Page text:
DENVER — Statewide traffic fatality data released by the Colorado Department of Transportation on Monday showed a troubling trend on Colorado roadways.
Stats reveal there were 745 fatalities in 2022, which is the most roadway deaths since 1981.
In fact, total yearly traffic fatalities are on the rise over the past 10 years, up 57 percent. This is a reversal from the previous 30 years which showed deaths were on the decline, according to CDOT.
Impaired driving deaths also rose dramatically seeing a 60 percent increase since 2019.
In this Denver7 360 In-Depth Report, we’ll break down what’s changed and show you where the most fatalities happened in Colorado last year.
Also in this report:
- What’s behind the increase in fatalities
- What the state is doing to turn around the deadly trend
- Growing concerns about impaired driving, including THC use.
- How a Colorado mother is making a difference after losing losing her son
- How to report dangerous drivers
A fatal traffic crash problem across the state
Colorado drivers seem to agree there’s a problem. In a yearly survey released earlier last year, drivers in the state admitted to behaviors that put themselves and others at risk.
19 percent self-reported driving over the speed limit most, or all of the time. And according to CDOT’s 2022 Colorado Driver Behavior Survey, 10 percent said they never stopped for pedestrians who weren’t using a crosswalk.
While that is a 3 percent drop from the previous year, it is a statistic to consider as Denver’s city council debates decriminalizing jaywalking.
In terms of distracted driving, 63 percent of drivers said they eat or drink while operating a vehicle and 28 percent read text messages while driving, according to CDOT’s survey.
And when it comes to impaired driving, 7 percent of drivers admitted they drove within a couple of hours after using cannabis.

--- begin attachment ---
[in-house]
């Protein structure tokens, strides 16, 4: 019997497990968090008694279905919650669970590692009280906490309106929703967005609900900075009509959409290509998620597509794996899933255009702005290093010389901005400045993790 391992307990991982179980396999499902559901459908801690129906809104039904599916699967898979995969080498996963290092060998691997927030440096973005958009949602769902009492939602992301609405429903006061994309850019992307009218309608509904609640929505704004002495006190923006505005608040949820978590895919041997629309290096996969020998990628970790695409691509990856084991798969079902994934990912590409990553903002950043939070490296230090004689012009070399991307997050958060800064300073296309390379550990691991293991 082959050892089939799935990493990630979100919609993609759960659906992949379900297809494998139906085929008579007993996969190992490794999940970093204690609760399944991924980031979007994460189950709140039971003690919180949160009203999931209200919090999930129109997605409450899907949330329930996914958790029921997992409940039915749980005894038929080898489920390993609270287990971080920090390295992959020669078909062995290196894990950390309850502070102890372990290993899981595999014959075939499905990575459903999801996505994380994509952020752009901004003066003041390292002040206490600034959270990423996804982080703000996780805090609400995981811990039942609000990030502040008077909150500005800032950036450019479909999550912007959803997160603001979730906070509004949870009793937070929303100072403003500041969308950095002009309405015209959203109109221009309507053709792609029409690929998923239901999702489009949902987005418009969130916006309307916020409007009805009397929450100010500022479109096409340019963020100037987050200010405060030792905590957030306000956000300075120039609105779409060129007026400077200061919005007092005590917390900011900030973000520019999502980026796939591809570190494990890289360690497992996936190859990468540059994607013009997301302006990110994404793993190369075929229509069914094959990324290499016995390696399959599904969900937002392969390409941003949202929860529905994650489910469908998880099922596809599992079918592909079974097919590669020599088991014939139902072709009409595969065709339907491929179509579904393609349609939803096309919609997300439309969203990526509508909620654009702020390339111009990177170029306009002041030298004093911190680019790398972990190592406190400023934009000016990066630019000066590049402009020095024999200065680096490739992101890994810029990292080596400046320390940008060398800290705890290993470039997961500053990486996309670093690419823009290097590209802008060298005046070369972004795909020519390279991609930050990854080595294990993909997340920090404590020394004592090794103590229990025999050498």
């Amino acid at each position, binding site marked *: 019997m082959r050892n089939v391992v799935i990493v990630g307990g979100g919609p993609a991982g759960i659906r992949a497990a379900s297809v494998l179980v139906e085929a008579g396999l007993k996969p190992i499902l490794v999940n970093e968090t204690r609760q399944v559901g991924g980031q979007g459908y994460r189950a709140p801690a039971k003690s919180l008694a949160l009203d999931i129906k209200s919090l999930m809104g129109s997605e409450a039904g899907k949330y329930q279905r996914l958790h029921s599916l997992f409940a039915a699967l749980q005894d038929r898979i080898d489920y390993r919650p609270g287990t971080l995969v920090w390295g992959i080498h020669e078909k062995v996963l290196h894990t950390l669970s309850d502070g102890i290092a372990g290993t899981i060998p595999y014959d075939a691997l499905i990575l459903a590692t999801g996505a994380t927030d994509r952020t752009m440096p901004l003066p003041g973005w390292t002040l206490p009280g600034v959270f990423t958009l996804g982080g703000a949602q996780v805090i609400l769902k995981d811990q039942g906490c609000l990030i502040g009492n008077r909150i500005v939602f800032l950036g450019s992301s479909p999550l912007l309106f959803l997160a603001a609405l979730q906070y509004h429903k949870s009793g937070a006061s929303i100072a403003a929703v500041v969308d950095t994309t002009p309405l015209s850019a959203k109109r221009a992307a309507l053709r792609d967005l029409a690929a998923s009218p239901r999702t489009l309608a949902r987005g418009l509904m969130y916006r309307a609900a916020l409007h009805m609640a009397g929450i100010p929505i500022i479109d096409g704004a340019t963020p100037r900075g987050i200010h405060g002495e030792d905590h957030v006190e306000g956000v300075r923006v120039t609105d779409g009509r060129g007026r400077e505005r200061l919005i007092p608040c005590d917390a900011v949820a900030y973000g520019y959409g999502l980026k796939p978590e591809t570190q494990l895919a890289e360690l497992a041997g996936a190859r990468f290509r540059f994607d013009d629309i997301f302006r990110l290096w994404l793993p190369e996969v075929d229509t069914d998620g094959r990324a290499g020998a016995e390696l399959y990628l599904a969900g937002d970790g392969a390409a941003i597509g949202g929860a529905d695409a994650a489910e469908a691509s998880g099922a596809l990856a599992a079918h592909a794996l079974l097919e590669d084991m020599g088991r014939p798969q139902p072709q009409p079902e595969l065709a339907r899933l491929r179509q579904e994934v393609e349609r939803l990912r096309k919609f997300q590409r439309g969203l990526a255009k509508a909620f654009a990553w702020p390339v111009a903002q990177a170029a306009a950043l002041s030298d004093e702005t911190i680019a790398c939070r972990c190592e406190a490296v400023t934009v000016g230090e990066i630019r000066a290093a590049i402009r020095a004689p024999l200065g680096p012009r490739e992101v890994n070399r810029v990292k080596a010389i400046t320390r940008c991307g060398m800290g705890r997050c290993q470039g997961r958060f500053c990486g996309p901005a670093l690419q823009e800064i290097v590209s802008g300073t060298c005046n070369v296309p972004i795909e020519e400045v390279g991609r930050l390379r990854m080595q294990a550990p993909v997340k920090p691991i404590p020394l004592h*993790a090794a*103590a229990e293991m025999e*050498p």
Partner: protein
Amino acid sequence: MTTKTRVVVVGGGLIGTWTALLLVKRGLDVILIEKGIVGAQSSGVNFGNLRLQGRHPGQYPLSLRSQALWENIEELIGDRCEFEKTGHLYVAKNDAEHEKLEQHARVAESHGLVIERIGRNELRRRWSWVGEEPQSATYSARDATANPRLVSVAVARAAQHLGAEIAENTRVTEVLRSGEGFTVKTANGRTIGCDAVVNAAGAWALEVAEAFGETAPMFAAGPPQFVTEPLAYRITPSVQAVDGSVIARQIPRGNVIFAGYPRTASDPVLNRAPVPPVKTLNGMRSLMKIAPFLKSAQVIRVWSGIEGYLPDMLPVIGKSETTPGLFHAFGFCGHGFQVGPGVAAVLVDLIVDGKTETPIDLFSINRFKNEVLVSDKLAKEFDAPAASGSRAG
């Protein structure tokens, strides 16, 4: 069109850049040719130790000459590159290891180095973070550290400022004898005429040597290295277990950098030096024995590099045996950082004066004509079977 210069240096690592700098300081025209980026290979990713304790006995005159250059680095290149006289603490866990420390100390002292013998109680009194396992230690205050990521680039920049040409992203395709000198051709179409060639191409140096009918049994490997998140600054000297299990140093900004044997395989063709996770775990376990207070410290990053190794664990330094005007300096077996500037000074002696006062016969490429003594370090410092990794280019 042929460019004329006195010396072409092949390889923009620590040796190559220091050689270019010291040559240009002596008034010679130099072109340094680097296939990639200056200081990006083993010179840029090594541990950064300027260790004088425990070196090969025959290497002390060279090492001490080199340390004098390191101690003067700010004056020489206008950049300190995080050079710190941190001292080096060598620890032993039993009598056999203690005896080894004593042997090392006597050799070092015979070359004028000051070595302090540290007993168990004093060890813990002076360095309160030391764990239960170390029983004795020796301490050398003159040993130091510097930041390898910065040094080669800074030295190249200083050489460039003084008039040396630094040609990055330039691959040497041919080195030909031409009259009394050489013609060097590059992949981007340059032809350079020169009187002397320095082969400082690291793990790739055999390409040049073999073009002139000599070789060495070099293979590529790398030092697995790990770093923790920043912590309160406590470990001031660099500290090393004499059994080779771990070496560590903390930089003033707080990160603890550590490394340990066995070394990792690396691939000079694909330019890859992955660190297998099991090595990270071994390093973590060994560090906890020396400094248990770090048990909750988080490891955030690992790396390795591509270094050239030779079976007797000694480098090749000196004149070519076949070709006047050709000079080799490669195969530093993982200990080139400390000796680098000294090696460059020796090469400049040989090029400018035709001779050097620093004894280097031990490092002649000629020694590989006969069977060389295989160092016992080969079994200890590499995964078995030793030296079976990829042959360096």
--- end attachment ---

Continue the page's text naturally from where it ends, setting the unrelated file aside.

On a positive note, 89 percent said they buckle up all the time and drivers admitted to being less likely to speed on neighborhood roads.
But there’s one number officials stressed during this week’s update.
“As we sit here today, the number is 745, about 745. It's nearing 750. As the data continues to trickle in. That's 750 people that lost their lives. These are loved ones, these are friends, these are neighbors, their family members, cousins and aunts and sons and daughters and members of our community.” said Col. Matthew C. Packard, chief of the Colorado State Patrol.
745 roadway deaths on Colorado roads is the highest since 1981. And the trend is going in the wrong direction.
The rate of fatal crashes was on the decline for three decades but that began to change in 2012, steadily increasing each year.
A deadly trend
In Colorado, El Paso County had 83 traffic fatalities in 2022 which is the most for any county in the state. Adams County followed with 82 and Denver County had 67 roadway deaths.
- 56 in Arapahoe County
- 53 in Weld County
- 46 in Jefferson County
To understand what’s behind the increases and what needs to change, state officials say it needs to start with Colorado drivers changing behaviors.
“We are seeing more aggressive driving. We're seeing folks taking more chances driving at higher speeds driving more recklessly.” said chief Packard.
“All you have to do is listen to the radio, as our troopers are out there working the road, you can hear these reports of aggressive high speed dangerous driving, it's occurring around the state.”
And while distracted and aggressive driving continues to be a problem, CSP chief Packard singled out an increase in drivers getting behind the wheel while impaired.
“We talk a lot about the causal factors that are leading these. But I'll tell you the one that continues to boggle my mind, we can read headlines from this weekend about impaired drivers causing fatal crashes.” said Packard.
Colorado State Patrol saw a 7 percent increase in impaired driving as a cause of a fatal crash in 2022, when compared to the previous year.